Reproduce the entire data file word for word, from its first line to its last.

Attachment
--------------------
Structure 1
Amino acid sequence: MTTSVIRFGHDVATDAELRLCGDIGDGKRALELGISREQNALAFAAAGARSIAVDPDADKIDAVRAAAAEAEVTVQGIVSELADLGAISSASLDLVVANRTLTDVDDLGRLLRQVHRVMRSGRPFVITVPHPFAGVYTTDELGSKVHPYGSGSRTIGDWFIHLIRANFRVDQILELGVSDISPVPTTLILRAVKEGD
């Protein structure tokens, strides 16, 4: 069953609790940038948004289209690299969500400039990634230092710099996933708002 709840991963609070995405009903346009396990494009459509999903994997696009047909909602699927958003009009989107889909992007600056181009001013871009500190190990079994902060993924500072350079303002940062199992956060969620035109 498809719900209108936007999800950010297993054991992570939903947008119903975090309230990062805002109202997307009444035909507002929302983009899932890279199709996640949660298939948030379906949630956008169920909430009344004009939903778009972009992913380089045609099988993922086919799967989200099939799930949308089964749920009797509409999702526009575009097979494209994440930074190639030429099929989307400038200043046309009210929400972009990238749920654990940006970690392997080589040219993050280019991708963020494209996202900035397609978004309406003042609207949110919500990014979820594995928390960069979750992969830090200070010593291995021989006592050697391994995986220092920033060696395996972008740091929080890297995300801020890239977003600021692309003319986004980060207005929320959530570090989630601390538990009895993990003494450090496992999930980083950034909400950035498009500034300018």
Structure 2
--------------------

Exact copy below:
Structure 1
Amino acid sequence: MTTSVIRFGHDVATDAELRLCGDIGDGKRALELGISREQNALAFAAAGARSIAVDPDADKIDAVRAAAAEAEVTVQGIVSELADLGAISSASLDLVVANRTLTDVDDLGRLLRQVHRVMRSGRPFVITVPHPFAGVYTTDELGSKVHPYGSGSRTIGDWFIHLIRANFRVDQILELGVSDISPVPTTLILRAVKEGD
């Protein structure tokens, strides 16, 4: 069953609790940038948004289209690299969500400039990634230092710099996933708002 709840991963609070995405009903346009396990494009459509999903994997696009047909909602699927958003009009989107889909992007600056181009001013871009500190190990079994902060993924500072350079303002940062199992956060969620035109 498809719900209108936007999800950010297993054991992570939903947008119903975090309230990062805002109202997307009444035909507002929302983009899932890279199709996640949660298939948030379906949630956008169920909430009344004009939903778009972009992913380089045609099988993922086919799967989200099939799930949308089964749920009797509409999702526009575009097979494209994440930074190639030429099929989307400038200043046309009210929400972009990238749920654990940006970690392997080589040219993050280019991708963020494209996202900035397609978004309406003042609207949110919500990014979820594995928390960069979750992969830090200070010593291995021989006592050697391994995986220092920033060696395996972008740091929080890297995300801020890239977003600021692309003319986004980060207005929320959530570090989630601390538990009895993990003494450090496992999930980083950034909400950035498009500034300018």
Structure 2